There's something addictive about reading self-help books, articles, and blog posts, don't you think? You get a lot of insights from the author and you feel ready and raring to go right after you’ve read something inspiring. You feel unstoppable...at least in the beginning. You feel like there's nothing that can hold you back. You know that this time is the time you're finally going to succeed.
It's almost like a drug. You feel a rush that you can only feel when you're presented with a new idea or new methods that you think just might work better than the last one. You smile, knowing that you're going to crush it.
Unfortunately, the next day that enthusiasm is drowned out a little bit. The first day, the day you read the book or article or heard about the new method, you felt unstoppable. You felt like nothing could hold you back-- nothing.
But the second day, you start to realize that you've been silly, haven’t you? Of course there are things that could go wrong. Of course you've tried and failed with similar plans in the past. Of course there are some more things you have to think about this time. It's only smart to think this way, right? Ugh, those doubts are coming…
Then, the next day things get even more sinister. How could you have ever thought that idea would work? How stupid! How could you have ever thought that you’d see real and lasting change in your life? It's completely laughable. You've failed so many times in the past. You're so busy that you can hardly even think about adding something like "habit change" to your plate. What in the world were you thinking? At that point, you might give up. Or, maybe you keep on going with those doubts in your mind, holding on to the hope you felt in the beginning that you really could see the changes you want to see.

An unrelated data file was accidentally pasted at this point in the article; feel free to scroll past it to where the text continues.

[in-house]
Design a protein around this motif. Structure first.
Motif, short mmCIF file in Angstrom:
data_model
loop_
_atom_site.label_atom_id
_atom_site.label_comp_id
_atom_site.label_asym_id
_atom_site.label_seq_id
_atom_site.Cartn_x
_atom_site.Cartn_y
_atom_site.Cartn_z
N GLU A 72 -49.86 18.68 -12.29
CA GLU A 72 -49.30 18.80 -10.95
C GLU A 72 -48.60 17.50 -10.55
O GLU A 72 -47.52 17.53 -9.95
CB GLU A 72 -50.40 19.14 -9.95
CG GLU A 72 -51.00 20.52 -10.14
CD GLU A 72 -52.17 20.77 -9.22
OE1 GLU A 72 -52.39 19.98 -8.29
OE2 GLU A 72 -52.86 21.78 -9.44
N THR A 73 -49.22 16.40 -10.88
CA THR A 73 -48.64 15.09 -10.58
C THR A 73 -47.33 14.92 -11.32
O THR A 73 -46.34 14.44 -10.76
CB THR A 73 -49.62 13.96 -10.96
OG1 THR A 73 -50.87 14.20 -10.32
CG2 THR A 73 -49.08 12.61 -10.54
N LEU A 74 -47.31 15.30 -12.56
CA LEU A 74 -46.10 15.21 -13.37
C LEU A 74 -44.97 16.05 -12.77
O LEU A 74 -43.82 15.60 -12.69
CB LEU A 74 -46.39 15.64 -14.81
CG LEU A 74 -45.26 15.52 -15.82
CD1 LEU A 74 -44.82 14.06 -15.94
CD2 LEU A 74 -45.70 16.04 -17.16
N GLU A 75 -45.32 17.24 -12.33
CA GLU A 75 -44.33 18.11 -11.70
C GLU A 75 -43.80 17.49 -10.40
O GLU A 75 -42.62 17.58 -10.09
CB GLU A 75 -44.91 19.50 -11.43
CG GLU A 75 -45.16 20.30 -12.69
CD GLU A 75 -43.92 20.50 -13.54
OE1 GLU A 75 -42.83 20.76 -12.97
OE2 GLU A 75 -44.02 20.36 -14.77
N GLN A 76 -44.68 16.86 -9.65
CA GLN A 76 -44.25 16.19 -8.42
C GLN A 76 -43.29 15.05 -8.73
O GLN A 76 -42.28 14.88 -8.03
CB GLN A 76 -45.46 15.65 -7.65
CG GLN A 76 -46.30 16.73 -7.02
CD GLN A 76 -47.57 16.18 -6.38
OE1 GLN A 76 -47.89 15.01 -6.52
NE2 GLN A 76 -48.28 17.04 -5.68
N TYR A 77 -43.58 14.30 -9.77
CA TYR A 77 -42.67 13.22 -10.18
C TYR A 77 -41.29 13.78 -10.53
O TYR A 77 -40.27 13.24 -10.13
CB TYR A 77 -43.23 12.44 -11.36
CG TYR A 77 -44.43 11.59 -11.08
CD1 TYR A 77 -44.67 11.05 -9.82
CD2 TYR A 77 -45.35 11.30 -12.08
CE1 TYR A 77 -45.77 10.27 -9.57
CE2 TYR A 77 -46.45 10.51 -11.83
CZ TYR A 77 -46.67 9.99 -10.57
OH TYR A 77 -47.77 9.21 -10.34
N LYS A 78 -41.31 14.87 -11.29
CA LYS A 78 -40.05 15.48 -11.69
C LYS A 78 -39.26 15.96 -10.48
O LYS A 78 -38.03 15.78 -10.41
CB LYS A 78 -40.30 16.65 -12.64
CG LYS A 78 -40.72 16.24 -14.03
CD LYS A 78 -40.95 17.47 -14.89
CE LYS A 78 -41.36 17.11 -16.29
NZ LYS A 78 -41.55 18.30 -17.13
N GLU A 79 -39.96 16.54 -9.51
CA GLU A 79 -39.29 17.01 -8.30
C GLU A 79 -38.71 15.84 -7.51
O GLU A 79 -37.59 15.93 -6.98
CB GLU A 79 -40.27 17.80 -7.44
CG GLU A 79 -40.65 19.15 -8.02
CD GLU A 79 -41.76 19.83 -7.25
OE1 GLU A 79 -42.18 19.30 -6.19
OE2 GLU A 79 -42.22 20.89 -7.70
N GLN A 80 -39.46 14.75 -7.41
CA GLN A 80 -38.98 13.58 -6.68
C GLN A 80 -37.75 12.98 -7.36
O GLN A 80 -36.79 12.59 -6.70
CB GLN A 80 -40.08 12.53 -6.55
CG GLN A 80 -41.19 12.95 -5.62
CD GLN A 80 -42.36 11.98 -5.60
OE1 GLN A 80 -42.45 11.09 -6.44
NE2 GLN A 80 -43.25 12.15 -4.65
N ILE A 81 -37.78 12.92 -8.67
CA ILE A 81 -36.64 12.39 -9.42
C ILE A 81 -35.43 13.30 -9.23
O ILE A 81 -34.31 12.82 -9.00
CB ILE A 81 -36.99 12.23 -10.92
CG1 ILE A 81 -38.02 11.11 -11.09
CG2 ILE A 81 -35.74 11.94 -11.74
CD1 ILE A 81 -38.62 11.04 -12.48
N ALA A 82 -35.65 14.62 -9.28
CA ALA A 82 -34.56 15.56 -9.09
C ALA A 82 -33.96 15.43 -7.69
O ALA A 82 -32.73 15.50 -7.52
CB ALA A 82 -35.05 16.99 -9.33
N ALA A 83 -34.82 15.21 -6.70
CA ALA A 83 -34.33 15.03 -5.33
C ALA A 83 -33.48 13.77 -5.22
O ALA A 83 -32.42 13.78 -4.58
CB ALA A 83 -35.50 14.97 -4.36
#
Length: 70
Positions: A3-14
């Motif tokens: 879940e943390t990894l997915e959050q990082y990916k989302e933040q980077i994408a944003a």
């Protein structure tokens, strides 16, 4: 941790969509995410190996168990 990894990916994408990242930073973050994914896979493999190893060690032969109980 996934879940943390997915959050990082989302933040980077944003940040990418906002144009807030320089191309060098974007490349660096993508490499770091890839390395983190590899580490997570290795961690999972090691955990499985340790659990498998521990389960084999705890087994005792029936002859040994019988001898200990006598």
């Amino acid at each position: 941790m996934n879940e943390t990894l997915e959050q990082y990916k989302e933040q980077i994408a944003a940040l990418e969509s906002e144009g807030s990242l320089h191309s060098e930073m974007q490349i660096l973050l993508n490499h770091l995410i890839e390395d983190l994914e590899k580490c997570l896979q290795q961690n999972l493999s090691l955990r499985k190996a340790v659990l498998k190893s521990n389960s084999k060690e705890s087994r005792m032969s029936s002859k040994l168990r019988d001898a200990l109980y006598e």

It's really discouraging to feel this way, but it's also extremely common. I wish we could bottle up the hope we feel in the beginning of something new and take a sip from it whenever we need to, but we can't. We can't hold on to that early-level hope and maybe that is a good thing.
There has to be a balance. You need to feel that flutter of excitement in your stomach when you learn a new method or feel something new. You need to have those early moments when you feel that absolutely anything is possible. That's a good thing-- that hope and excitement are invigorating.
You also need that soul checking and fact checking that comes after the initial high wears off. I want to be clear that this does not mean I’m endorsing kicking yourself or talking down to yourself.
You need to be rational in your decision-making. Why? Why can't we just hold on to the Pollyanna blissful hope forever? For one thing, that initial hope is often unrealistic. Are you really going to have a perfect, blissful time as you try to change some of the biggest and most important habits in your life? No, of course you're not going to have that experience. Of course things are going to go wrong. Of course you're going to run into roadblocks that you have to persevere and go around even when you really feel like giving up.